In Conversation: Covid is ‘the great reset’ — a chance for real progress on diversity and inclusion

INTRODUCTION

Rhonda Foxx is the newly-minted Head of Social Equity Policies & Engagements at Intel. Before that, she was chief of staff for  Rep. Alma Adams (D-N.C.) and ran for Congress earlier this year.

During a recent talk at Duke University, she called the current pandemic “a period of great reset.”  It’s a chance to solve social and racial inequality issues.

“If we don’t…who’s going to work in our workforce? Who’s going to buy our technology?” she warned.

Here’s our In Conversation with Rhonda about what steps companies can take during the current coronavirus crisis that could immediately lead to progress. Duke professors Ken Rogerson and David Hoffman join in.

Click here to see past editions of In Conversation

From: Bob
To: Rhonda
cc: David, Ken

Rhonda, you said several times during your talk that companies shouldn’t only serve their customers — they need to serve society.

You made a point of saying that governments are often too slow to enact important changes, but corporations can be more nimble, and used voting as an example. The notion of making Election Day a national holiday has really never gained traction, but we see more and more corporations giving workers time off to vote, for example.

So, as you said, “companies need both profits and purpose.”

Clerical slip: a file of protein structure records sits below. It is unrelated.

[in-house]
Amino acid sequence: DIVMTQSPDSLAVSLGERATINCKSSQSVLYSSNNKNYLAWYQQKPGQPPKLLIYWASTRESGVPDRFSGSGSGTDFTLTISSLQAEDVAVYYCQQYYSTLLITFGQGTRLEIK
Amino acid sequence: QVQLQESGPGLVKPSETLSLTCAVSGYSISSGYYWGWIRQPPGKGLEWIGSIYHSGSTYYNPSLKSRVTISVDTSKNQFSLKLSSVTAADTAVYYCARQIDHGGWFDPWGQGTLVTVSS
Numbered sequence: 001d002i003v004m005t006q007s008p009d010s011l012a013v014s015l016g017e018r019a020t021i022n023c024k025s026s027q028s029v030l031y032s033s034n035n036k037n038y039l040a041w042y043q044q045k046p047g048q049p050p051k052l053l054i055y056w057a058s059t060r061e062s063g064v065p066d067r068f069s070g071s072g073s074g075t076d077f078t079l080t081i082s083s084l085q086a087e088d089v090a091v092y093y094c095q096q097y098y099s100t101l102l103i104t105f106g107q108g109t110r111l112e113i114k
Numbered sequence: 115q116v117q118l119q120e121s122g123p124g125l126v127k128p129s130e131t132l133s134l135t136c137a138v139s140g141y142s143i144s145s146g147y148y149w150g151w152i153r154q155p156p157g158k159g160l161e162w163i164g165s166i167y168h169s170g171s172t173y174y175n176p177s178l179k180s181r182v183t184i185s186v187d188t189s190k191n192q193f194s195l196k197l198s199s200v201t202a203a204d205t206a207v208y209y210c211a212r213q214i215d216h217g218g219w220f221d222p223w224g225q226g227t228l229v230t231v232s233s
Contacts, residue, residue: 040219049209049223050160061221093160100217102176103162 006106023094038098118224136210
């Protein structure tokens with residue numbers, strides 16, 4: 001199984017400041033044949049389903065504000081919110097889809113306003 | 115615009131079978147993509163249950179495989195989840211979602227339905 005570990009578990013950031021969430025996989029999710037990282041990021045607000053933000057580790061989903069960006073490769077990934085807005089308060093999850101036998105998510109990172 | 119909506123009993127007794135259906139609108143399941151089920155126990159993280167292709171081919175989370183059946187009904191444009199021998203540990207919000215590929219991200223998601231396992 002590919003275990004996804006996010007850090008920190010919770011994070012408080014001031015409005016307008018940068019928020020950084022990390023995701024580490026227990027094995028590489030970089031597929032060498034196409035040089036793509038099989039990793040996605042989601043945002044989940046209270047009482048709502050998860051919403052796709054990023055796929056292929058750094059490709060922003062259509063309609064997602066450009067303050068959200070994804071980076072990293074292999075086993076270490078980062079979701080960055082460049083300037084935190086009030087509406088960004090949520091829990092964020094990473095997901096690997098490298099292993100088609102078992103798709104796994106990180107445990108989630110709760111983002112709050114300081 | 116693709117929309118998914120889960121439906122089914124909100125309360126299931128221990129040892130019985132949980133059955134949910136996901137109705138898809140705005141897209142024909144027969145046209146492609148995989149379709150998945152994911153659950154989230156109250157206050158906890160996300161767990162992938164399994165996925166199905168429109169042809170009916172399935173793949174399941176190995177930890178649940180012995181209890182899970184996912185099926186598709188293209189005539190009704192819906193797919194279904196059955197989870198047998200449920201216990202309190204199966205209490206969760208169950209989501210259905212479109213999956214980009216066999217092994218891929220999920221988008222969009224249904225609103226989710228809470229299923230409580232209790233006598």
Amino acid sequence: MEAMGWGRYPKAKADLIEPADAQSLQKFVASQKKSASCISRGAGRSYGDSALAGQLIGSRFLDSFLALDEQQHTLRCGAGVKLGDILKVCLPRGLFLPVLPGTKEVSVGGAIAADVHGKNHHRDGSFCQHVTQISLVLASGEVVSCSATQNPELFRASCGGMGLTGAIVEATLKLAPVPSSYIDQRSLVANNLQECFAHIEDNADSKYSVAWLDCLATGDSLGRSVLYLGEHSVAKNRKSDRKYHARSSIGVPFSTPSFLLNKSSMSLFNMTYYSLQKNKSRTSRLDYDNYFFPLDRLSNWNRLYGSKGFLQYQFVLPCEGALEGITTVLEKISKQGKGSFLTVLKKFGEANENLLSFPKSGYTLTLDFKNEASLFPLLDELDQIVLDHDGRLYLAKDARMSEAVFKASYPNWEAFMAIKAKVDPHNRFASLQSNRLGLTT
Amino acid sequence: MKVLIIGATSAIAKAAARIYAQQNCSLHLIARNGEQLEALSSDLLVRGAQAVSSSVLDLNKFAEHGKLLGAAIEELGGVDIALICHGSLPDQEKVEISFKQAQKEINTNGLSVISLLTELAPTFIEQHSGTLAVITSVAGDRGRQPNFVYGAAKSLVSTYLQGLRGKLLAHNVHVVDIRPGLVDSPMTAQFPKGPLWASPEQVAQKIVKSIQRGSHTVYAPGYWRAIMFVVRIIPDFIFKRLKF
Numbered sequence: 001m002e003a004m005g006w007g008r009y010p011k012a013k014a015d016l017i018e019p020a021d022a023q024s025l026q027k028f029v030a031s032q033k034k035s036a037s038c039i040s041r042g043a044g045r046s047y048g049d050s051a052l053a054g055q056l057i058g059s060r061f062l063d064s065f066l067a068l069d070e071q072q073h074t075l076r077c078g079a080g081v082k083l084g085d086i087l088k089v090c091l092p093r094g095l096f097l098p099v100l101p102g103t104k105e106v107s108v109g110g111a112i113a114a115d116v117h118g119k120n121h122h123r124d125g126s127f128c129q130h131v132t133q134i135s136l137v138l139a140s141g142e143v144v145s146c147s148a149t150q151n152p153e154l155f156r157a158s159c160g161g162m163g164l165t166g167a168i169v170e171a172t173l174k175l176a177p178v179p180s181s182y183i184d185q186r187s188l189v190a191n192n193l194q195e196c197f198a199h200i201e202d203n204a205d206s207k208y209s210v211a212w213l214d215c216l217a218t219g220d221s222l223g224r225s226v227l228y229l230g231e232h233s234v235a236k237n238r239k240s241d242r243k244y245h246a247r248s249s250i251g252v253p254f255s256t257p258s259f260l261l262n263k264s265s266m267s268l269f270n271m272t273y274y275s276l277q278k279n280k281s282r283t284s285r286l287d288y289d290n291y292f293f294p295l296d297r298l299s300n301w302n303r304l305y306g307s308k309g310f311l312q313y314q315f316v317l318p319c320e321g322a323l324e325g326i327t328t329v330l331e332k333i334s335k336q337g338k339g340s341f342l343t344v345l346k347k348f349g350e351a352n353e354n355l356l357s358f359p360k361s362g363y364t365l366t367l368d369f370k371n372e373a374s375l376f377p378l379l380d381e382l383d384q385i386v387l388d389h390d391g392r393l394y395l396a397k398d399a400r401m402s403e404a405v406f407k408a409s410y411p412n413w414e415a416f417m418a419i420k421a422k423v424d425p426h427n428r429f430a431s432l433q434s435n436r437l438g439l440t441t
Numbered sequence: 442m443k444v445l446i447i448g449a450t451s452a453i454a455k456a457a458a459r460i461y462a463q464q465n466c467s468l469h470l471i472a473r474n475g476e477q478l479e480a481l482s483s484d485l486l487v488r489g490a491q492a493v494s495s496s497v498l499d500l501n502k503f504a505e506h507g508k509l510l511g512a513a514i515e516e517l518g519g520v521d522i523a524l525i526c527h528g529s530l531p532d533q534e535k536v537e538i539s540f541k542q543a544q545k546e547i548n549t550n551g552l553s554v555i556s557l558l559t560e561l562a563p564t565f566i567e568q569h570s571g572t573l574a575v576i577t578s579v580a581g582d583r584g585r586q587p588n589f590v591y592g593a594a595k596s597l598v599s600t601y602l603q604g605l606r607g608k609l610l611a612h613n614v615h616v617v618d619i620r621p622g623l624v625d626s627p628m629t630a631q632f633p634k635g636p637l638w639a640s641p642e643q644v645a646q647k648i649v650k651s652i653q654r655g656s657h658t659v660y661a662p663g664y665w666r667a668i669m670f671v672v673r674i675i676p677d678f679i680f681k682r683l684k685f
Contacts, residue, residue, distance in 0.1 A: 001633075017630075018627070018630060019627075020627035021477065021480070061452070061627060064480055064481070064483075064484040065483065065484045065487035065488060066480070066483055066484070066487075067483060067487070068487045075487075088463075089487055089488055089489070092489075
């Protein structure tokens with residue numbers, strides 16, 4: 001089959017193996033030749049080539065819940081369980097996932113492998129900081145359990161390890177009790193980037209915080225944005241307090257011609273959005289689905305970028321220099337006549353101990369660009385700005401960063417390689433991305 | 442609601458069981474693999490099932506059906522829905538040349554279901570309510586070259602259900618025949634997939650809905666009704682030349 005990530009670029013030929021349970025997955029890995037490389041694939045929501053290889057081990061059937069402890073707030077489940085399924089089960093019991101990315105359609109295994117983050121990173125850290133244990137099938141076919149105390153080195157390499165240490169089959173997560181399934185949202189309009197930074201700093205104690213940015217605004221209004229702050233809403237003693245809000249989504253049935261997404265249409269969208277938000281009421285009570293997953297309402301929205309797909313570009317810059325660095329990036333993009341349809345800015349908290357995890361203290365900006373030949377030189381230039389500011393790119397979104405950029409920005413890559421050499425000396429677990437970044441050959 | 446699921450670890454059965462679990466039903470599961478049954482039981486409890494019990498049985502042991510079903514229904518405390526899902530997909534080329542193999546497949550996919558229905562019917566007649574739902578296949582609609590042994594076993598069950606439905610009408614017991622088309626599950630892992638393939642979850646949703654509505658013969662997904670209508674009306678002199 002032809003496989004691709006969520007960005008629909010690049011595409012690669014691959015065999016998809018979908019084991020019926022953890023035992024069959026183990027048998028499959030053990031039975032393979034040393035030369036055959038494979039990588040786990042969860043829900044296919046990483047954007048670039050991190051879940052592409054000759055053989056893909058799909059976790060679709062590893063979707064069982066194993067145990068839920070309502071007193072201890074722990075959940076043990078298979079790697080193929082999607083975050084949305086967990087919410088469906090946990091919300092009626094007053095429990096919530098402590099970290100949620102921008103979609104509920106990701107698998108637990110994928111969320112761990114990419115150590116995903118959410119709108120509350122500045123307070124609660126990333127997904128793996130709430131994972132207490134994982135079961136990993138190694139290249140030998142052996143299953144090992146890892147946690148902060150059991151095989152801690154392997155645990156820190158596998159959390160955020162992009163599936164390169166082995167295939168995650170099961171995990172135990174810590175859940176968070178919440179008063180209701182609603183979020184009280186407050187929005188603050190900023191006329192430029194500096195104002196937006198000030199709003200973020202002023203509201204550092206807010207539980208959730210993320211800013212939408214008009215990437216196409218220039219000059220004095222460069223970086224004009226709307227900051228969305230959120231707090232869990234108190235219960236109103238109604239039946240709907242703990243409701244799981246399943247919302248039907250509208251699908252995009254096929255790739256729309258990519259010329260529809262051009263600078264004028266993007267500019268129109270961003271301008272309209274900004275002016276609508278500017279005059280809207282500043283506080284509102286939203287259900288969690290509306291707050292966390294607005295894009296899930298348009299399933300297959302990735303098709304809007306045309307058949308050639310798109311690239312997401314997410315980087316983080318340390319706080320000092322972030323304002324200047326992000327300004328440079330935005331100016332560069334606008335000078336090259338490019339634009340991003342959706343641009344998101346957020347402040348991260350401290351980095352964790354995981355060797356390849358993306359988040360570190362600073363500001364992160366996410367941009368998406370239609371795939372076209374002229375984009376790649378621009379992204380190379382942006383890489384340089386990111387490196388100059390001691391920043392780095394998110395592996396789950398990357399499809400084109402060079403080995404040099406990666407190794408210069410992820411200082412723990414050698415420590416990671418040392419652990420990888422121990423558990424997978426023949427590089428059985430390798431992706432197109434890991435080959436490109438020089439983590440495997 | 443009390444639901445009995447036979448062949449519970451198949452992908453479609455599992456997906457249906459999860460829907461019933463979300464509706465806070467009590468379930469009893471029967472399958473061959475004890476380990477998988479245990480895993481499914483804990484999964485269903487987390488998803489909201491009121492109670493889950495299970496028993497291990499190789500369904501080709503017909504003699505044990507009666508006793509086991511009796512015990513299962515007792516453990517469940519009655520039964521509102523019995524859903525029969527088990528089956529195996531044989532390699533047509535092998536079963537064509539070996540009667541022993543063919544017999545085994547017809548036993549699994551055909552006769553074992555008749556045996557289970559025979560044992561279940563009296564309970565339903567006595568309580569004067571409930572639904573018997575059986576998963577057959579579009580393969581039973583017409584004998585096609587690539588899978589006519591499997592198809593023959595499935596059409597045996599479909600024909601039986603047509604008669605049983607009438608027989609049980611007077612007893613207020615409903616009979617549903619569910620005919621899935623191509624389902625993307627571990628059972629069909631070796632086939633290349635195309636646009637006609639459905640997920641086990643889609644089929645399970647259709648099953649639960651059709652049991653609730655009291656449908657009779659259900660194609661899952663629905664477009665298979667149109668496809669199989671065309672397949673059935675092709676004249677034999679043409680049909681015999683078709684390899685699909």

We’re hearing language like this more and more from company executives, and that’s welcome. Still, to make it more than talk, what are three (or more!) things that companies can do right now that would have immediate, but also lasting, impact?

From: Rhonda
To: Bob, David, Ken

#1: Equity & D&I dialogues have to begin at each respective company internally. We have to get serious about retaining diverse talent (it’s not good enough just to recruit diverse leaders). This requires having hard conversations about internal culture and holding middle managers accountable – like any other priority, incentivize diverse recruitment and retention. According to current statistics, I will not last more than 12 months at my company – this is a significant issue that needs to be addressed by the private sector.

#2. Equity & D&I commitments then need to extend beyond our walls and into our communities.  In terms of education, we don’t invest in course curriculum and infrastructure development at minority-serving institutions like we do PWIs. Traditionally, we just come and recruit talent (that inevitably leaves our companies). Additionally, corporate executives don’t maintain a presence at most MSIs (graduation speeches, guest lectures). Talent is everywhere, opportunity is not. And as this world becomes more dominated by connections and networking, what does this mean for diverse students?

#3. Don’t over-complicate equity and inclusion. If you walk into a room and every leader looks like you, then you have a problem on your hands. Accept the problem and commit to fixing it (with resources, metrics for success, and accountability – not just words), we can have Al, but we can’t eliminate inequity?

From: David Hoffman
To: Rhonda, Ken, Bob